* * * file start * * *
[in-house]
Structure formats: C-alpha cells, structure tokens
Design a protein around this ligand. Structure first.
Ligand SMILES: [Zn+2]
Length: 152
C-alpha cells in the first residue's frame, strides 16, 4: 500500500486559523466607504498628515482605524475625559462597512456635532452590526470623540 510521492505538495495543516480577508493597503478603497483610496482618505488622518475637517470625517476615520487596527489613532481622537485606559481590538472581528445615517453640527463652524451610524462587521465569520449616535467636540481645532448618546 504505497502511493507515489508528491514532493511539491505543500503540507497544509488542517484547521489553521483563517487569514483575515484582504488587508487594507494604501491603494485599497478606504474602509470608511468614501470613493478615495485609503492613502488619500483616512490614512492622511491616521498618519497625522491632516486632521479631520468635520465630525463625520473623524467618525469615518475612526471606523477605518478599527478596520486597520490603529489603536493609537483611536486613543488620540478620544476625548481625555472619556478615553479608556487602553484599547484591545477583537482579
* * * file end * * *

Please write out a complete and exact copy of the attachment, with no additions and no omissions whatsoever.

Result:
[in-house]
Structure formats: C-alpha cells, structure tokens
Design a protein around this ligand. Structure first.
Ligand SMILES: [Zn+2]
Length: 152
C-alpha cells in the first residue's frame, strides 16, 4: 500500500486559523466607504498628515482605524475625559462597512456635532452590526470623540 510521492505538495495543516480577508493597503478603497483610496482618505488622518475637517470625517476615520487596527489613532481622537485606559481590538472581528445615517453640527463652524451610524462587521465569520449616535467636540481645532448618546 504505497502511493507515489508528491514532493511539491505543500503540507497544509488542517484547521489553521483563517487569514483575515484582504488587508487594507494604501491603494485599497478606504474602509470608511468614501470613493478615495485609503492613502488619500483616512490614512492622511491616521498618519497625522491632516486632521479631520468635520465630525463625520473623524467618525469615518475612526471606523477605518478599527478596520486597520490603529489603536493609537483611536486613543488620540478620544476625548481625555472619556478615553479608556487602553484599547484591545477583537482579